Kerry is so far down the rabbit hole he is advocating for eliminating farms and farm animals. In his warped view, “We’re facing record malnutrition at a time when agriculture … is suffering from the impacts of the climate crisis.”

Meanwhile, Our World in Data reports that the amount of food we grow has increased rapidly as a result of the expanded use of land for agriculture and a rapid rise in crop yields. But Kerry seems to think we should reduce agricultural production and let people starve to save the planet.

Is it any wonder, then, that some less famous people have also gone off the deep end? They are surely influenced by the hordes of jet-setters at the World Bank, European Union, United Nations, and other fat-cat institutions that decry “climate change” as a catastrophe or a crisis. Meanwhile, have you heard Greta Thunberg, Antifa, Extinction Rebellion, and other such groups condemn Gore, Kerry, and their ilk for their massive use of jet fuel and electricity? Have they blocked entrances to the IPCC meetings or other jet-fuel-guzzler events?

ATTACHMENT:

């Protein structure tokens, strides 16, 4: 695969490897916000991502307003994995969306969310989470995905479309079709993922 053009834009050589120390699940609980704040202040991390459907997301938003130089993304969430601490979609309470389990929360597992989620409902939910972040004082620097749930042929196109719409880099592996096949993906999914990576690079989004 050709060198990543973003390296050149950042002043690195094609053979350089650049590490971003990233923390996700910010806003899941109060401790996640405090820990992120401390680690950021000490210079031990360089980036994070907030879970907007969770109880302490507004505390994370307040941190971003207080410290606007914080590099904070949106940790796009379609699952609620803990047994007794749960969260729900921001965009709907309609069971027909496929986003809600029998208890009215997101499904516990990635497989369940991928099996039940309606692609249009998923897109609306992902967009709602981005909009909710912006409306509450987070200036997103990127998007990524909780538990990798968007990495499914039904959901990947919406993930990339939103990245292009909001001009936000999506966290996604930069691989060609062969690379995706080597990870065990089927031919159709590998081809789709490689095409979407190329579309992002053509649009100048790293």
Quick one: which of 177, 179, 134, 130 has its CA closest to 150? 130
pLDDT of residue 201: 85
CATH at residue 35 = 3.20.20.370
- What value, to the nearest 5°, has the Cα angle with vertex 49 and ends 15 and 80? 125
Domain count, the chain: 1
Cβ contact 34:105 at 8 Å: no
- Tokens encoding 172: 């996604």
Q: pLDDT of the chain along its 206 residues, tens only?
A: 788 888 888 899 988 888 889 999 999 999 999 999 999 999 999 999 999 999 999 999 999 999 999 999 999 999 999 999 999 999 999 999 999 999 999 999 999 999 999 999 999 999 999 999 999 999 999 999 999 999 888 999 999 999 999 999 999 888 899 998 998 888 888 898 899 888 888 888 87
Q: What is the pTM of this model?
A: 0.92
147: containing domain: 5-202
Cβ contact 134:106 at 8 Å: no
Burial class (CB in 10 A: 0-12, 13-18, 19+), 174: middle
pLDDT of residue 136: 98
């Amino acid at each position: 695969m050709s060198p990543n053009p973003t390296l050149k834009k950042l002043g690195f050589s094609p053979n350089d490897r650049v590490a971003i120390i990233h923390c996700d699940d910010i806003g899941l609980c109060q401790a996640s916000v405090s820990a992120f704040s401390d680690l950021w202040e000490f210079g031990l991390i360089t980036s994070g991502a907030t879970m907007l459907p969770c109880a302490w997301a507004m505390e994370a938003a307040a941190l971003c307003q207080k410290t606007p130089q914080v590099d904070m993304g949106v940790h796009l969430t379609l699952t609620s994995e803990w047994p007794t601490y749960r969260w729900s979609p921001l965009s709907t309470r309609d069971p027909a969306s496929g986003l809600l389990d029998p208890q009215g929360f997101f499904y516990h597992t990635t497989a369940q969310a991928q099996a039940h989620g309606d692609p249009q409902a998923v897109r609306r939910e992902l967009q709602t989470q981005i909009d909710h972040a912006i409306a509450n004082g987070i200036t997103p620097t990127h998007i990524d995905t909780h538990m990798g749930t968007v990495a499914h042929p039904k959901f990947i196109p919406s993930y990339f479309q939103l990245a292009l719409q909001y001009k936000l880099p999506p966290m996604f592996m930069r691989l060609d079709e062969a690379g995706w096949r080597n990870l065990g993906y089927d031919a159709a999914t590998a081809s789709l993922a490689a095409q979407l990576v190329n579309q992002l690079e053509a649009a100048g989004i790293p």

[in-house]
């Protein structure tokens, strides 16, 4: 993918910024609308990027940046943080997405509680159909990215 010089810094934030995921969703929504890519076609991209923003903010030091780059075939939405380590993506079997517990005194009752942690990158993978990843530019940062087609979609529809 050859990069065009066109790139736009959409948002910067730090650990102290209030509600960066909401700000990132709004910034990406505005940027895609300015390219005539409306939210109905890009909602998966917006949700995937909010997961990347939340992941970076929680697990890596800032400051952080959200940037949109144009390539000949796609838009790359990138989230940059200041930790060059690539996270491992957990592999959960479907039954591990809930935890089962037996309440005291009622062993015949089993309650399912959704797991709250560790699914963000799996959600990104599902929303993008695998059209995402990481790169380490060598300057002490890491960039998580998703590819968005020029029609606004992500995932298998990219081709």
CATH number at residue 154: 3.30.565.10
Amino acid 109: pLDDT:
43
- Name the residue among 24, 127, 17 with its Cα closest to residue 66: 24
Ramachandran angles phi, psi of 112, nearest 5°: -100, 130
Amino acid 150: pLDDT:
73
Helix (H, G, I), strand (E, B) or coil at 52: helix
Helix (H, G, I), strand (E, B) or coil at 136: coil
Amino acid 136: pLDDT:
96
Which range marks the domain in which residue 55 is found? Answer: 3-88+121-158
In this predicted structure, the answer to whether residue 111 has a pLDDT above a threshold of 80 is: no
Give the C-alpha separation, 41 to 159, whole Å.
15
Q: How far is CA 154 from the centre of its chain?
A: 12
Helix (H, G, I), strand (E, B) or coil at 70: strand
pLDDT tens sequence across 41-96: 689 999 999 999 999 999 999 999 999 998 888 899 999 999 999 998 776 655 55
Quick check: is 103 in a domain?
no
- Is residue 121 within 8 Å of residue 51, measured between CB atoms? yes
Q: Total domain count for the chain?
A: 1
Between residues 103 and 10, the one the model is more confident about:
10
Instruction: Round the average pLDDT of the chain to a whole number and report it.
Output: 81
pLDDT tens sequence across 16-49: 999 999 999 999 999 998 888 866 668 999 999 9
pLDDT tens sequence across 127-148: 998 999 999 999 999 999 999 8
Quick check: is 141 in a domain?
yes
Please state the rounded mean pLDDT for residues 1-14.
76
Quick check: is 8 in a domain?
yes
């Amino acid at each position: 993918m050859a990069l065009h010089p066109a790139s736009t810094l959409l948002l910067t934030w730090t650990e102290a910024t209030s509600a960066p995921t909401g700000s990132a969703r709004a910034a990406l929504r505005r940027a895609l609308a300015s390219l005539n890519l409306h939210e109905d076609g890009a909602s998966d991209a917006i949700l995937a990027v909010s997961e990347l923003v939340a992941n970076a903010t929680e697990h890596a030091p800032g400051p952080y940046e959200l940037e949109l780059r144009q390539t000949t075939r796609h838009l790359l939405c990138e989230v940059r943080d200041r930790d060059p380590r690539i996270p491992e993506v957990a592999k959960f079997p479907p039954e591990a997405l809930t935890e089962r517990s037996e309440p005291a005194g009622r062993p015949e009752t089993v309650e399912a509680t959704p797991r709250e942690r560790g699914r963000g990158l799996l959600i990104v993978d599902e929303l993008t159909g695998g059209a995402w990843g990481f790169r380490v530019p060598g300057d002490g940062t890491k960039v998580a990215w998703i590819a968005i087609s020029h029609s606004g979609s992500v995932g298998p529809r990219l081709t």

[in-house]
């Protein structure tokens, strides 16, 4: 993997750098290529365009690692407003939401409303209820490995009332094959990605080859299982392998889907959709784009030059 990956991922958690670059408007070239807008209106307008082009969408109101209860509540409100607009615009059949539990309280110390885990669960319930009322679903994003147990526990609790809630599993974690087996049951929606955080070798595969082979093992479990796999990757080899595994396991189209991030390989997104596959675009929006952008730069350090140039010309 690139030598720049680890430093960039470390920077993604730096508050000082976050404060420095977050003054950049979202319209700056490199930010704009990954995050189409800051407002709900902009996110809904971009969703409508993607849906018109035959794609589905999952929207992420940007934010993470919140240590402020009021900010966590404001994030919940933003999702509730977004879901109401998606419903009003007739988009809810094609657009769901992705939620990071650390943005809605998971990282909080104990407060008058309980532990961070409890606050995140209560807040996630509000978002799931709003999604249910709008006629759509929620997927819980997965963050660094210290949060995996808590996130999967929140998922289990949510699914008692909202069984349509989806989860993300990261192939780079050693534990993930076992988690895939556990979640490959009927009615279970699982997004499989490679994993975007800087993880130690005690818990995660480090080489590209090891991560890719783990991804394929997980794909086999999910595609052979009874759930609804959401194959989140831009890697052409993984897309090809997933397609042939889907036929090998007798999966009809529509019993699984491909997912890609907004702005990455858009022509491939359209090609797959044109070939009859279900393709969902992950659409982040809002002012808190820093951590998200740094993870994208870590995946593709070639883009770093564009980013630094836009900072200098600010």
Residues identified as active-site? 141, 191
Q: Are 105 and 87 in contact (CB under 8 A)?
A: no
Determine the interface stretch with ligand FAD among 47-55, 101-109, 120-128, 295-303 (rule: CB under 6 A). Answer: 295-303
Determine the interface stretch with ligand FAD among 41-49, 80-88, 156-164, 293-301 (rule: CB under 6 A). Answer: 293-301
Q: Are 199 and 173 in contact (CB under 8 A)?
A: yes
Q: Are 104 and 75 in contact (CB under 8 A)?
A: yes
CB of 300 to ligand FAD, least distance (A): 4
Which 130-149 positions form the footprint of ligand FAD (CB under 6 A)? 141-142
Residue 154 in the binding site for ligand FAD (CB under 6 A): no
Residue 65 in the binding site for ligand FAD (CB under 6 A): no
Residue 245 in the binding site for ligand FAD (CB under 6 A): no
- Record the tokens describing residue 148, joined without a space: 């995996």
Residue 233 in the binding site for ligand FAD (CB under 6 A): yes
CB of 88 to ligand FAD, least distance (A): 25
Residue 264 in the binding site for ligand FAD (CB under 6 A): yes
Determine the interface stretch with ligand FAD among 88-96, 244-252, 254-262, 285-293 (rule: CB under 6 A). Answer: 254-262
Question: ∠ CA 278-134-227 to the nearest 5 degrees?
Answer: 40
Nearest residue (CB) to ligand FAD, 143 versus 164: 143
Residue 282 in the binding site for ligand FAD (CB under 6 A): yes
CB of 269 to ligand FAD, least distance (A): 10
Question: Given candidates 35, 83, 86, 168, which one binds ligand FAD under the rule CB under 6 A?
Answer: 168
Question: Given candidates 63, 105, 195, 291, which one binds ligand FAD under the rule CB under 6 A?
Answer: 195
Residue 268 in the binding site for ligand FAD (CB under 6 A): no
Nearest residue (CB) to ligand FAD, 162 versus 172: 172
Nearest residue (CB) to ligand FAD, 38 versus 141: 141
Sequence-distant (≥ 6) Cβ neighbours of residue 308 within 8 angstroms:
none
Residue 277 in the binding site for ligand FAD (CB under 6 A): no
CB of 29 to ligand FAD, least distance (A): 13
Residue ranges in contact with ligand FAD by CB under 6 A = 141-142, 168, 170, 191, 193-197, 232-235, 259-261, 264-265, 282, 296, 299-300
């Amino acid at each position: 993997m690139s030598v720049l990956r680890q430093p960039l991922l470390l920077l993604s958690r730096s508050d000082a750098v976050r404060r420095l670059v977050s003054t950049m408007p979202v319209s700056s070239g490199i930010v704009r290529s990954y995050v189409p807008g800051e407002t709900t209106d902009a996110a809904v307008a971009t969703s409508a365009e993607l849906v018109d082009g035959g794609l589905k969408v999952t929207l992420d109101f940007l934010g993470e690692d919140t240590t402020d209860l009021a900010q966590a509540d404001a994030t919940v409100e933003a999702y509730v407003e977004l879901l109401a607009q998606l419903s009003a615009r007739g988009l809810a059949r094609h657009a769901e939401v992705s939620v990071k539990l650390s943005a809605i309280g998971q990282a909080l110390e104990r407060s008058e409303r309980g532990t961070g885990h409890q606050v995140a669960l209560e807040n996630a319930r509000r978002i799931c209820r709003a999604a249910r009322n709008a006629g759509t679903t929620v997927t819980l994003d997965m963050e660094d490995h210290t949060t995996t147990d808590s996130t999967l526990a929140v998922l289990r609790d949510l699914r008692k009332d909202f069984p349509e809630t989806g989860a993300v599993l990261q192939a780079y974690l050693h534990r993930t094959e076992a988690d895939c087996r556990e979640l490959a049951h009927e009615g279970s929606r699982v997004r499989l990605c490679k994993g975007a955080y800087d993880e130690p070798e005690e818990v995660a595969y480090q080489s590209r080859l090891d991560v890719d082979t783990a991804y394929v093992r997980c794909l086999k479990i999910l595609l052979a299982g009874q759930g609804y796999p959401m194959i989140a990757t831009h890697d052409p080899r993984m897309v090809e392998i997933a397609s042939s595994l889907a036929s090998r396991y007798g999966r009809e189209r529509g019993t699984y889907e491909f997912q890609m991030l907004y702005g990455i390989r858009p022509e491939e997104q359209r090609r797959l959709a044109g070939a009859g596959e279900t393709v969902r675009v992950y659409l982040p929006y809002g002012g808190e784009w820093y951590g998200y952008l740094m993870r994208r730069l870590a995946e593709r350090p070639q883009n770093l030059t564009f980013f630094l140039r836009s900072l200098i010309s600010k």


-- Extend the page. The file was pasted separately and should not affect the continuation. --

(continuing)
Greta did chide Kerry for daring to suggest that technologies yet to be invented will help combat climate change such that people can continue living normal lives. Thunberg, always the wit, responded, “Great news! I spoke to Harry Potter and he said he will team up with Gandalf, Sherlock Holmes, and The Avengers and get started right away!”

But many of today’s climate crazies have no sense of humor at all – or any sense of history or decency. Nobody laughed at Ultima Generazione dumping charcoal rather than coins into Rome’s historic Trevi Fountain.

Nobody quit using gasoline after two members of the group Declare Emergency threw red and black paint on the case of the Edgar Degas sculpture “Little Danger Aged Fourteen.”

Nobody switched to a Tesla because activists from the group Just Stop Oil threw tomato soup on Vincent Van Gogh’s “Sunflowers” at the National Gallery in London – or when Last Generation Austria vandals threw an oily black liquid onto Gustav Klimt’s painting “Tod und Leben” at the Leopold Museum in Vienna, Austria, and then glued their hands to the frame.